I am curious what the spread sheet actually creates and
what is new as compared to what we have since ~3 years:
I looked up in my data base the /complete professional/
asteroid data catalog:
These are the data of about 1950 asteroids
app. mag. 13
and 109000 (!)
: I would hope you used in your new
asteroid generator the above actually known orbits (and
names) rather than a collection of random orbits?
About three years ago we extracted with PERL the asteroid
orbits already into Celestia format. Here is a display I
made last year (in a different context) involving > 7000
In principle it would seem more elegant and in line with
Celestia's deep space object structure, to generate an
asteroid.ssc file with PERL from the above data with correct
coordinates, names, magnitudes, sizes, importance
weights [for non-overlapping labels (!)] and associate
randomly one of 20 template model files, say in that file.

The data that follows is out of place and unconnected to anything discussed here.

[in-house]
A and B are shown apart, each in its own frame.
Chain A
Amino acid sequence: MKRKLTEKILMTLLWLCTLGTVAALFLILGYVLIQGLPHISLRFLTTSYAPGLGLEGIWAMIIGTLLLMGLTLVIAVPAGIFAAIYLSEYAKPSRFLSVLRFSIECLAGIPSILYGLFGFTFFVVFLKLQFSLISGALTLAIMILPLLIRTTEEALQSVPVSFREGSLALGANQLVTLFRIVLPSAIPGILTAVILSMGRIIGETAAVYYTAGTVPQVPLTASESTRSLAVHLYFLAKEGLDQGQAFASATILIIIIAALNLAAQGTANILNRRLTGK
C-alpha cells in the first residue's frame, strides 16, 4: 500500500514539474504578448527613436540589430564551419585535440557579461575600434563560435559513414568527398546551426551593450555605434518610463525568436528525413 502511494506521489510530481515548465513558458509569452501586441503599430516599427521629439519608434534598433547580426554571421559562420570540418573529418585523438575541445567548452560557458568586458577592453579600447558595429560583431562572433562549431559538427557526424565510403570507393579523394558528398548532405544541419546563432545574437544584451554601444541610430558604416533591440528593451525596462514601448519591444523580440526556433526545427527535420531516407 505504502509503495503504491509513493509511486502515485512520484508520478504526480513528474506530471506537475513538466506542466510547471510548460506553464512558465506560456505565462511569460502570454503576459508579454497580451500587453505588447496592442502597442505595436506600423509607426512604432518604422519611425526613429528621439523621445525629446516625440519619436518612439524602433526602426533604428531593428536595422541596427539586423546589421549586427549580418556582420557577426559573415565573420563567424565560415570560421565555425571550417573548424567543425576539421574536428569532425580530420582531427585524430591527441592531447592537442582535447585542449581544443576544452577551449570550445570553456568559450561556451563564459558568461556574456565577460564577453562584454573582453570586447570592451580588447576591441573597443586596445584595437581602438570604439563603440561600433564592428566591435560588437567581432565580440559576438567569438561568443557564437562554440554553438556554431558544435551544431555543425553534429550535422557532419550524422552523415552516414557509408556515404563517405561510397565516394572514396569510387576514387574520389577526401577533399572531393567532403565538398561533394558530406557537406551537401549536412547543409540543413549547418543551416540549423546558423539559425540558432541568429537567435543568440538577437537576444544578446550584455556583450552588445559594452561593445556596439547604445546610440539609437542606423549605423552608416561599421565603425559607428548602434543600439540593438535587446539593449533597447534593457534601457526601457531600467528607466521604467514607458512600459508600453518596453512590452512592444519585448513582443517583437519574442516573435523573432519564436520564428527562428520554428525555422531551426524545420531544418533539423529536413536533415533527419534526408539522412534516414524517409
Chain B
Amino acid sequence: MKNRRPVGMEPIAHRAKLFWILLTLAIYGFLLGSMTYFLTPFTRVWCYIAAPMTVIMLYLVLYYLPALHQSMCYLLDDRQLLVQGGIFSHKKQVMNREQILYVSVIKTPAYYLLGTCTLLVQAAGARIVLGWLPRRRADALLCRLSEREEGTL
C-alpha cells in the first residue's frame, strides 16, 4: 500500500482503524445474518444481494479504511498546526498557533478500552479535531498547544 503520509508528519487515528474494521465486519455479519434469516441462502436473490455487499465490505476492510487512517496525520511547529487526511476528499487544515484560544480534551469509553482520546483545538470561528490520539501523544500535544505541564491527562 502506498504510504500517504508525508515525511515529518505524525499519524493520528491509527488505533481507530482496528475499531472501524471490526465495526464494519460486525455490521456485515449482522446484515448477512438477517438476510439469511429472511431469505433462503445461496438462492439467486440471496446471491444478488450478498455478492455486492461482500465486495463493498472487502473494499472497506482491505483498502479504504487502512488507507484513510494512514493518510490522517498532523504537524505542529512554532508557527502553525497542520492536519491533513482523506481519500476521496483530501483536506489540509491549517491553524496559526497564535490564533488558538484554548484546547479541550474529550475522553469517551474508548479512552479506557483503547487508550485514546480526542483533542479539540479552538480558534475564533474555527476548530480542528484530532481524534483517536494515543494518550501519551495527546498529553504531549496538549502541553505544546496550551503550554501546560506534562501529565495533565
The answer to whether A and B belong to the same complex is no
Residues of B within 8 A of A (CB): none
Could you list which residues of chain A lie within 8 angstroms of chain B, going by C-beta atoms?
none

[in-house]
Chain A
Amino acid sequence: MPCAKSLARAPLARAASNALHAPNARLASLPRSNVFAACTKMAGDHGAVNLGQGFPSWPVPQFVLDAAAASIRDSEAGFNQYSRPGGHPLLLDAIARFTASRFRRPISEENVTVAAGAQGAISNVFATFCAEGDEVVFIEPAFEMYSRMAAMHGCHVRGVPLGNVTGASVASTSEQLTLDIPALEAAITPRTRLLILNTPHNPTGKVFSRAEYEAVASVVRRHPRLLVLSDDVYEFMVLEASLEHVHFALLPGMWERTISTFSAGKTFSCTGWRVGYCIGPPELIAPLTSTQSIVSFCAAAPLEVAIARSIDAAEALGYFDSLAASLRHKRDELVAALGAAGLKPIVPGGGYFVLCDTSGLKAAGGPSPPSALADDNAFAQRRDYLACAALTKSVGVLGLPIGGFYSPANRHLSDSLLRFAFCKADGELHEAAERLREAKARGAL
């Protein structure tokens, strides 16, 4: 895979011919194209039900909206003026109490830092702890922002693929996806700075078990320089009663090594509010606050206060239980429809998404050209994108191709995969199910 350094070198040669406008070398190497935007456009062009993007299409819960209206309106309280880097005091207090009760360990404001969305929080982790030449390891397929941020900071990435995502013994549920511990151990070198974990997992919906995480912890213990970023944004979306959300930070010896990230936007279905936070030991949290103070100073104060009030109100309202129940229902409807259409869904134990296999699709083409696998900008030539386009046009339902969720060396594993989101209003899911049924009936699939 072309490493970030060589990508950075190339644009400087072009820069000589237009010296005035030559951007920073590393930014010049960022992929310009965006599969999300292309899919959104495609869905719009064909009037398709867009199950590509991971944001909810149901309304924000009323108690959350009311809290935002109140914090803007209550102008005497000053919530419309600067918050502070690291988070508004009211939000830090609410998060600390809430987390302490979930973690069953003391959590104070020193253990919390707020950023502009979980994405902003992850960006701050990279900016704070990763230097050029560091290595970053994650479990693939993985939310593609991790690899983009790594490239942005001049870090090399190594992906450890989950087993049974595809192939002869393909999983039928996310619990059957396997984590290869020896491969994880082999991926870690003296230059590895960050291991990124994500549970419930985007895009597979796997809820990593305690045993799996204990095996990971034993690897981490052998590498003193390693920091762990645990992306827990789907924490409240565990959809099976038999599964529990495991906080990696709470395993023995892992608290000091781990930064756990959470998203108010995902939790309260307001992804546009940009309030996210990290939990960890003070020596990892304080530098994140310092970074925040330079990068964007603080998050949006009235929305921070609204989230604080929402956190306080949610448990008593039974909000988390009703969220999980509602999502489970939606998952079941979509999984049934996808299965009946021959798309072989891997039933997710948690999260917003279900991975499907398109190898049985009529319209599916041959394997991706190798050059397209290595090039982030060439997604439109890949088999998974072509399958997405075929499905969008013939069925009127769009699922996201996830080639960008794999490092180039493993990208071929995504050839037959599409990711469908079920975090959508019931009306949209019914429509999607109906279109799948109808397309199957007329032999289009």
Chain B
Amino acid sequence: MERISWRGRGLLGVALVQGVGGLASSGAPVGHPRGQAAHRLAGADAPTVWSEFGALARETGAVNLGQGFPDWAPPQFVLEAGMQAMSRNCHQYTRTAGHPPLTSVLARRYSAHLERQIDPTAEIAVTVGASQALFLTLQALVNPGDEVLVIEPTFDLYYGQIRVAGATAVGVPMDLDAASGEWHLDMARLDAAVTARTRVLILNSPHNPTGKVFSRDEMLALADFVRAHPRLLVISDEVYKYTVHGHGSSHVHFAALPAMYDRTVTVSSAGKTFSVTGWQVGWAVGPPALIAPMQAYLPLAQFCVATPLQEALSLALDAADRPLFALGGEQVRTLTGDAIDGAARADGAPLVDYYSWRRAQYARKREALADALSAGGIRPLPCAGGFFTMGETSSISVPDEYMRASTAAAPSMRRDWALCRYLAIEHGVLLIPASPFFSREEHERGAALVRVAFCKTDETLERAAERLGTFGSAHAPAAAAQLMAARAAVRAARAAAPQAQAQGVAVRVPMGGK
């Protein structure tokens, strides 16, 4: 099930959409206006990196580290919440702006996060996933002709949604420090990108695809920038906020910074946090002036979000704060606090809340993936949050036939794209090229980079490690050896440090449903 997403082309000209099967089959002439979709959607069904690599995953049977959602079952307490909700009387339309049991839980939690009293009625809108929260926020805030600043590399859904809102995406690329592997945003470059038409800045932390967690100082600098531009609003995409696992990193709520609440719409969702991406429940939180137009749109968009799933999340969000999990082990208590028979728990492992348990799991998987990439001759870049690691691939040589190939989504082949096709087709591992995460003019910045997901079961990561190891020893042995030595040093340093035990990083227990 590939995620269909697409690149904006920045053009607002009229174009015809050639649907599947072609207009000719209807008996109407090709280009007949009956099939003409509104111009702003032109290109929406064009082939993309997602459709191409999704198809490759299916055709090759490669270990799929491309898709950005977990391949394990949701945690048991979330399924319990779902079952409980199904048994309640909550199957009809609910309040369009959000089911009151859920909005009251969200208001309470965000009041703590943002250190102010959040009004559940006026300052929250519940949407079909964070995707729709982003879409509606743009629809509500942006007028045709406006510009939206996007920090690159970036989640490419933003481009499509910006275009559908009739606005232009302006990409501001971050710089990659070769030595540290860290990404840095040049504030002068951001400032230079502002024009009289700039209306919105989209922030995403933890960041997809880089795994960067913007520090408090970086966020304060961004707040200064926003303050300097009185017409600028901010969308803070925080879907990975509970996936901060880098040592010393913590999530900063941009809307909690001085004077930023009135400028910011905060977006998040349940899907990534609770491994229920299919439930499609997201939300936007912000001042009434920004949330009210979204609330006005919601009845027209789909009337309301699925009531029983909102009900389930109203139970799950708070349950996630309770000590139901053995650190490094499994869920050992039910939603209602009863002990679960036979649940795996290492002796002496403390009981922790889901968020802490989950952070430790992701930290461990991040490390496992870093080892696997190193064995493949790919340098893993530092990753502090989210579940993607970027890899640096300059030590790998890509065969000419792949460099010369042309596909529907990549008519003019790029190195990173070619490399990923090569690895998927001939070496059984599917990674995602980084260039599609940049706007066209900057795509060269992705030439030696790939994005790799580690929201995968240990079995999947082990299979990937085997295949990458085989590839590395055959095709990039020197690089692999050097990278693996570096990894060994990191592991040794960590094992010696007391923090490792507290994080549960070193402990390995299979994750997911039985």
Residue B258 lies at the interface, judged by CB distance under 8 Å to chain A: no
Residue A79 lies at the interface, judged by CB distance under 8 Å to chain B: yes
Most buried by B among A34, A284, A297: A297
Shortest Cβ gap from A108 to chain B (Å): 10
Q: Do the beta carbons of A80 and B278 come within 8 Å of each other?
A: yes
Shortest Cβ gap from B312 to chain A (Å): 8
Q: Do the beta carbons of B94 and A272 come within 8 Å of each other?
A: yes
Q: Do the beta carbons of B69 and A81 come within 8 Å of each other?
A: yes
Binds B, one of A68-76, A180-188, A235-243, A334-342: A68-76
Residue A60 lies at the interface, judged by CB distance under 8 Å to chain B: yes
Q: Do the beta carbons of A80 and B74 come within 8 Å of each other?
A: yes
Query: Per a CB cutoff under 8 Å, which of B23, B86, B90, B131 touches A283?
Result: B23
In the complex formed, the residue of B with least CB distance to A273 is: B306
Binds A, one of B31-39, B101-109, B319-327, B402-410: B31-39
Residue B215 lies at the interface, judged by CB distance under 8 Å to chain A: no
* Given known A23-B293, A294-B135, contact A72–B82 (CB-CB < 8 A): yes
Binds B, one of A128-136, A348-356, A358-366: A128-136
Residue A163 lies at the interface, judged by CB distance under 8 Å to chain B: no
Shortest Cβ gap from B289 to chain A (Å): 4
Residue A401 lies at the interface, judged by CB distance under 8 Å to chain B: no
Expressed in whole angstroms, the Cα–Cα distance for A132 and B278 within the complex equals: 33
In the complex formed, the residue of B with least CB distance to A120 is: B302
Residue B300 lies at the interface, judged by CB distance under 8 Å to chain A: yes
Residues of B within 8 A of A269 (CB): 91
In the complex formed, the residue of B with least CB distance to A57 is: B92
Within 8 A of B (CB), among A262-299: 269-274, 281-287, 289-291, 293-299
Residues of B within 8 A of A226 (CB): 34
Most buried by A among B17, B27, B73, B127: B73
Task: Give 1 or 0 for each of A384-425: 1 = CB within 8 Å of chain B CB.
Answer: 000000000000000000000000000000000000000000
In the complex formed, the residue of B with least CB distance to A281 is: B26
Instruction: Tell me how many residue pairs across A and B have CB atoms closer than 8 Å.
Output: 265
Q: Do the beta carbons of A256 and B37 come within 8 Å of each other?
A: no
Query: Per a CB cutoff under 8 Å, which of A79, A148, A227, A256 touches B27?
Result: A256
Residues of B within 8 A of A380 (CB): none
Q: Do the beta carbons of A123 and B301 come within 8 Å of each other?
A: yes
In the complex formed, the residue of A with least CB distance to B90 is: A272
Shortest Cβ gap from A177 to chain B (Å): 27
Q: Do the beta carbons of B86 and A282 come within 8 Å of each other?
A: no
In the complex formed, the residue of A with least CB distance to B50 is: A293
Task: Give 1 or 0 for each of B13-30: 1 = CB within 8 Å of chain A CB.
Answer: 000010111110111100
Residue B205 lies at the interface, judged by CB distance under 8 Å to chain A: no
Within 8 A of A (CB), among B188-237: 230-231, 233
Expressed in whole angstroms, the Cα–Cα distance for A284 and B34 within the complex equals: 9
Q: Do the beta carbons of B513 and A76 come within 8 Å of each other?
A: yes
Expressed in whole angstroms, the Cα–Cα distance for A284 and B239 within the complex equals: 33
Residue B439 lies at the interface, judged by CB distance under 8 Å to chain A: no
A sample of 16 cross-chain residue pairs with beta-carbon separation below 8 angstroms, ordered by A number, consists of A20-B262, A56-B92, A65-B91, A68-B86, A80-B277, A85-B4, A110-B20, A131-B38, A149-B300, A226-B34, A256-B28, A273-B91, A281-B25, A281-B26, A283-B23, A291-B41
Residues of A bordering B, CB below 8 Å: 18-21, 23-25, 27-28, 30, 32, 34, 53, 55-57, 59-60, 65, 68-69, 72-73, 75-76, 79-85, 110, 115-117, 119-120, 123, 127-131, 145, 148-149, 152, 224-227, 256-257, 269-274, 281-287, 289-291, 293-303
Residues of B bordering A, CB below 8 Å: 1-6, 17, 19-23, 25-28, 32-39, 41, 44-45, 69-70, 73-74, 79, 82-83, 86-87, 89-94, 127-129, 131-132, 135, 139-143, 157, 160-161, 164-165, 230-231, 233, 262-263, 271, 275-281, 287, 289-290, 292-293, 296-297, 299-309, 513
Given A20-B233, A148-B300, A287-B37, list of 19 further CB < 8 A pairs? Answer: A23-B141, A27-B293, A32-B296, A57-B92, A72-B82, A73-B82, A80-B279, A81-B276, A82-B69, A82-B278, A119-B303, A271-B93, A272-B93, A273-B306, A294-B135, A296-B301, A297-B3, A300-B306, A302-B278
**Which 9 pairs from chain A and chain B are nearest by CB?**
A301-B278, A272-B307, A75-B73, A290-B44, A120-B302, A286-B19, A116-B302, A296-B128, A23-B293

That's a very easy and quick job. All we had to do is to
write a few lines in the code to parse the different template
model files and to upgrade my old PERL script a bit.
A most important point speaking for my suggestion is that
we may do a MUCH more effective culling
(via our general
octree class) within Celestia's core code compared to the
above ADD-ON solution that invokes very little culling and
should become forbiddingly slow for large asteroid
Celestia is a multi-platform application, so EXEL based
spread sheets do not satisfy this design consideration,
except they run under OpenOffice. Did you check that your
spread sheet works with OpenOffice??
PERL exists in contrast for any OS.